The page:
ICT failure costs Scottish hill farmers millions in EU payments

Hill farmers in Scotland face delays in receiving European Union subsidies due to the failure of a £178m ICT system introduced by the Scottish Government.

Rural Affairs Secretary Richard Lochhead yesterday said that payments under the Les Favoured Areas Support Scheme will be made by the end of March, weeks later than the usual date at the beginning of the month.

But the National Farmers Union Scotland said that it believed that delays could be more substantial.

Lochhead said: ““This is the first year of a radically reformed and exceptionally complex Common Agricultural Policy (CAP) which has had a knock-on effect on payment schedules here in Scotland and elsewhere in Europe. Whilst I have always been clear that decisions taken with the industry on the complexity of the new policy would prove extremely challenging to implement, it is taking far longer to make payments than we had hoped.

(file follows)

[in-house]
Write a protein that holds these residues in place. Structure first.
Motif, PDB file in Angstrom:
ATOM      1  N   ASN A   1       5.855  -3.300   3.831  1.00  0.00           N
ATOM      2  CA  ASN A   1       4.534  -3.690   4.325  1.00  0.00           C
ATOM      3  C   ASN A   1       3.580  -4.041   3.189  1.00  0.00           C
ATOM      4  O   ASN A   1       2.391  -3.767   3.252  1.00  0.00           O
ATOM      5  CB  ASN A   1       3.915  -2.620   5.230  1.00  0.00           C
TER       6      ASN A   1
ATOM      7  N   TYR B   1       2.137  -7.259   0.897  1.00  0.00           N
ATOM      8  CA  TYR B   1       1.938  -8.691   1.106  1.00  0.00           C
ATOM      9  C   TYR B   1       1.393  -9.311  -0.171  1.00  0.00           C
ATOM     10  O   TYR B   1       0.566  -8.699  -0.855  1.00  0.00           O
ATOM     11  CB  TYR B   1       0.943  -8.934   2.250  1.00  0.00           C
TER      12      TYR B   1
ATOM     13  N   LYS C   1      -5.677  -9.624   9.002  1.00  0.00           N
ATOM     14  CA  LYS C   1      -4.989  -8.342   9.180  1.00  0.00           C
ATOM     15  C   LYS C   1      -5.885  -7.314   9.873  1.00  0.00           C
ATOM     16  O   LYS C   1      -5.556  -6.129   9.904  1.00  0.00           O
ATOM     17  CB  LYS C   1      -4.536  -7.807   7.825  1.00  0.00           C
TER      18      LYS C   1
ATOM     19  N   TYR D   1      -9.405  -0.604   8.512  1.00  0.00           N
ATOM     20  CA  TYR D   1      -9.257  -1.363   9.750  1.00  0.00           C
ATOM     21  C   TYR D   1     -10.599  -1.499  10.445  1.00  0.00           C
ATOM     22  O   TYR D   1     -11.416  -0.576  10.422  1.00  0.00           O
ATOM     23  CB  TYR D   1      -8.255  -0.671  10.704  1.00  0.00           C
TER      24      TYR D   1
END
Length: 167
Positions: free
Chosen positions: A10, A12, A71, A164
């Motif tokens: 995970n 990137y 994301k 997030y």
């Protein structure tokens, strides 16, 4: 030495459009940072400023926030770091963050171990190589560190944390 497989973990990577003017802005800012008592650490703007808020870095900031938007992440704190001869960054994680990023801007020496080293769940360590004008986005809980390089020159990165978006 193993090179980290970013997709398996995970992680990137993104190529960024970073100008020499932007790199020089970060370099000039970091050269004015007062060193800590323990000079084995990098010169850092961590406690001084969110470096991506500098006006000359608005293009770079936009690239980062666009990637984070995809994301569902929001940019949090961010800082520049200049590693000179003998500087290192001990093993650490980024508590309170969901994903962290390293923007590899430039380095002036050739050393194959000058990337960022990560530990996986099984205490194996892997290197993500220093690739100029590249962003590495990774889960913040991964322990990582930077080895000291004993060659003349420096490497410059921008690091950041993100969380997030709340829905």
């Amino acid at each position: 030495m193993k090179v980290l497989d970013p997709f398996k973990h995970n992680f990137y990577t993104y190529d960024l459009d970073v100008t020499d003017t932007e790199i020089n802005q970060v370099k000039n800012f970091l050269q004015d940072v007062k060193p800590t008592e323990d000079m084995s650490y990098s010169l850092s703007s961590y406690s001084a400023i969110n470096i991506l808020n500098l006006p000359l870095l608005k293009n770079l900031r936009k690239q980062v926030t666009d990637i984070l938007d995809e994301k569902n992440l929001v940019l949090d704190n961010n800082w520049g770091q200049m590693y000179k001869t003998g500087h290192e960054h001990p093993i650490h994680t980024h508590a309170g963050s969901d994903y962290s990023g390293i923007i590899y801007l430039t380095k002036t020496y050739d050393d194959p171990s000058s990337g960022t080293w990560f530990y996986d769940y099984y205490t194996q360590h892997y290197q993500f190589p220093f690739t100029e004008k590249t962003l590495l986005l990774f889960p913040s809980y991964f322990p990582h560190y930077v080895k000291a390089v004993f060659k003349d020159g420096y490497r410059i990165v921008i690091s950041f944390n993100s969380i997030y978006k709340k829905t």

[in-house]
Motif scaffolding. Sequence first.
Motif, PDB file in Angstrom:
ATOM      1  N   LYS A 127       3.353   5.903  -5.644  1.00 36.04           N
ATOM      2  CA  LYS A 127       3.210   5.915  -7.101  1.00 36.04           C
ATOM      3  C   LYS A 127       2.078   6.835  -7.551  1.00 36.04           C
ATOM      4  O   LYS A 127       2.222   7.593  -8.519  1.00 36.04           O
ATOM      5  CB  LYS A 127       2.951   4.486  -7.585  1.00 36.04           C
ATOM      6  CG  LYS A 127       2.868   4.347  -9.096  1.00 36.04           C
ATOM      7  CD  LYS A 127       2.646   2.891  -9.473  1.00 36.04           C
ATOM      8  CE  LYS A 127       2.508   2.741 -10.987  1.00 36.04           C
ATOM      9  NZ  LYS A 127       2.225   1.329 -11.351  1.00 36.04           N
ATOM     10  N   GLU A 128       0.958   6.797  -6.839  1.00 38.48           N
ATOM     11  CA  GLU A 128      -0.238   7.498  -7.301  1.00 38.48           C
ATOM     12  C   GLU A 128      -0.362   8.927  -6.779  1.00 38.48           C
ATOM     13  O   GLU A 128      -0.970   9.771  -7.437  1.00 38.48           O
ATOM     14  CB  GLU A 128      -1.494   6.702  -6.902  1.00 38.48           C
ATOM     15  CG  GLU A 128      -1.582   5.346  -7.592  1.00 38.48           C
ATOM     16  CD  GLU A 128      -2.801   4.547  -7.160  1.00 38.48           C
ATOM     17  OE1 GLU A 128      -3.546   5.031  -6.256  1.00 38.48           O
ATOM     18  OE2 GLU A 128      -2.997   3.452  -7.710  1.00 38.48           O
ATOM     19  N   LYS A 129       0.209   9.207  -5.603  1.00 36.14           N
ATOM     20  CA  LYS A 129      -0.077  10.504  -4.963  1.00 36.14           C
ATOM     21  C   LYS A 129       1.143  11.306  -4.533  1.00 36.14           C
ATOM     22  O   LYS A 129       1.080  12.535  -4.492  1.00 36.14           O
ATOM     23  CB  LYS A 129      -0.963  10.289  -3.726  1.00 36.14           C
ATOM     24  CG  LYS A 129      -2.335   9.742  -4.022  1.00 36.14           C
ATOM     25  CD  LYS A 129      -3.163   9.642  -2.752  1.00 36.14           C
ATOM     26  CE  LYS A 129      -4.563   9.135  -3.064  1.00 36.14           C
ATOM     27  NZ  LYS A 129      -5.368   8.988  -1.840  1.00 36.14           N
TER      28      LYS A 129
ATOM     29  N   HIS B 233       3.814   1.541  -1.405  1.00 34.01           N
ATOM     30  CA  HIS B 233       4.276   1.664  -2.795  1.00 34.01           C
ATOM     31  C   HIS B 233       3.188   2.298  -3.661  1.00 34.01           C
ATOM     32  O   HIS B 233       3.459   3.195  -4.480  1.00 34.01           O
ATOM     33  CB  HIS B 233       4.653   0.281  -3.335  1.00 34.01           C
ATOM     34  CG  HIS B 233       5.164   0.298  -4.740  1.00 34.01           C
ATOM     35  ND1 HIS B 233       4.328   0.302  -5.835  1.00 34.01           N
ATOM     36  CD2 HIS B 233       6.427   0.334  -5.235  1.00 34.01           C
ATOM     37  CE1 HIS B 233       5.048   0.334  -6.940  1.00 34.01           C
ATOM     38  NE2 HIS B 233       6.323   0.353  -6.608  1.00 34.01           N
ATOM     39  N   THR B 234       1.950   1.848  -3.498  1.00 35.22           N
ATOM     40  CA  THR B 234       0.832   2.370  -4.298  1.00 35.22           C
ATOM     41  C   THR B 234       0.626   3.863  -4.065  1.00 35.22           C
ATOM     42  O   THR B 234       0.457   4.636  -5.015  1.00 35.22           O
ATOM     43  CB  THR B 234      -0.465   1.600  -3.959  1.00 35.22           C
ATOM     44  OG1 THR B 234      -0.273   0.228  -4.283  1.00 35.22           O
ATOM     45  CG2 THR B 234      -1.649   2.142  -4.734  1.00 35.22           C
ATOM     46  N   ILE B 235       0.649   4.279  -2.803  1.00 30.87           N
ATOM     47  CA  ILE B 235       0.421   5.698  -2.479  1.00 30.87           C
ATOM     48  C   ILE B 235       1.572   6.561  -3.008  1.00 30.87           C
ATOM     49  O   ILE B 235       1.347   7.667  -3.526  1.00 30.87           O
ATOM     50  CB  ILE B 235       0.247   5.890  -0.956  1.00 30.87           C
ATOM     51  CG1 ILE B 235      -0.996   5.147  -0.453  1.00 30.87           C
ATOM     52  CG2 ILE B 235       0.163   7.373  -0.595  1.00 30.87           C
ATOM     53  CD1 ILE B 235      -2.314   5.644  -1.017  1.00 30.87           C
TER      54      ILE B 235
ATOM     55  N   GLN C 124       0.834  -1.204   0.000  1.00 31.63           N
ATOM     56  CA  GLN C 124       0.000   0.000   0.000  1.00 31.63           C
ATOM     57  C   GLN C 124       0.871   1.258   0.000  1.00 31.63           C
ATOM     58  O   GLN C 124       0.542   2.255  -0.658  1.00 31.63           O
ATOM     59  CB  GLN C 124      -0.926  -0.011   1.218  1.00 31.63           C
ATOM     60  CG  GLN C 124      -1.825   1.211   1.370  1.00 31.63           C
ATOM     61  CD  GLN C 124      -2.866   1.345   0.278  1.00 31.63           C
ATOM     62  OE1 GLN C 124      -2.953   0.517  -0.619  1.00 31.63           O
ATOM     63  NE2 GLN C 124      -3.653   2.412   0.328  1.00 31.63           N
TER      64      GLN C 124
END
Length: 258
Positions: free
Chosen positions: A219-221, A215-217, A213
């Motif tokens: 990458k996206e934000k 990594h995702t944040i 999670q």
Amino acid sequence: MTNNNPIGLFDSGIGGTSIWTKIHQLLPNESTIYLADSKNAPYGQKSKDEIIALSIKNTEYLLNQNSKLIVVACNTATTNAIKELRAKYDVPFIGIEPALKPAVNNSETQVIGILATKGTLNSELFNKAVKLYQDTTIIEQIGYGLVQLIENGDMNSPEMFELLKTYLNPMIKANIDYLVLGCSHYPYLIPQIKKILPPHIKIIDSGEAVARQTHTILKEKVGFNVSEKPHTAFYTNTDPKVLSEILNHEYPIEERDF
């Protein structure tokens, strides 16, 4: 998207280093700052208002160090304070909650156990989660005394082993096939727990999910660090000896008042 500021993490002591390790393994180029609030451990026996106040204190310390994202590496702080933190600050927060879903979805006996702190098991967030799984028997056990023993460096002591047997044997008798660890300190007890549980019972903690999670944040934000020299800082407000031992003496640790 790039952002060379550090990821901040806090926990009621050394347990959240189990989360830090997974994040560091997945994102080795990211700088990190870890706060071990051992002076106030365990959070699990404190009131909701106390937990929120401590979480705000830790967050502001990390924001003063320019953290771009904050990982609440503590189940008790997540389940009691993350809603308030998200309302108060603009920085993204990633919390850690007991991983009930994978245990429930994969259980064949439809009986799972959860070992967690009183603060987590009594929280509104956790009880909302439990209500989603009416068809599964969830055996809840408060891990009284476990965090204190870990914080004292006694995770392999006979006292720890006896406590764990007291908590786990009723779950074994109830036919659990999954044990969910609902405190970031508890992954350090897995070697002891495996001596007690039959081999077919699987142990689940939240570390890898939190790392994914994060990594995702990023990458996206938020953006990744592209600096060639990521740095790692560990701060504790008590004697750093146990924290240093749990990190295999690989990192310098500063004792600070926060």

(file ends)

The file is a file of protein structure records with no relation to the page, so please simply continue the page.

“The majority of Scottish farmers and crofters have now received a direct payment worth about 80 per cent of their basic and greening claim and the Scottish Government is applying every measure to ensure the IT system is able to make speedier payments.”

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But NFU Scotland president Allan Bowie said that if outstanding basic payments of around £300m are added to the LFASS budget of £65 million, then £365m is missing.

He said: “NFU Scotland President Allan Bowie said: “What is particularly frustrating about Scottish Government’s failure on LFASS delivery is that this is not a new scheme and it is not a new budget, therefore excuses about IT and complexity of the new CAP are meaningless.

“The LFASS budget has been ring-fenced at £65 million, something which NFUS has lobbied hard for, and the scheme rules for 2016 are relatively unchanged from when the scheme was introduced 15 years ago.

“Although Scottish Government has said LFASS payments will only be delayed by a few weeks we don’t believe them.”

Earlier this week, MPs said that the Government Digital Service had “hindered delivery” of another rural payments programme.

Colin Marrs

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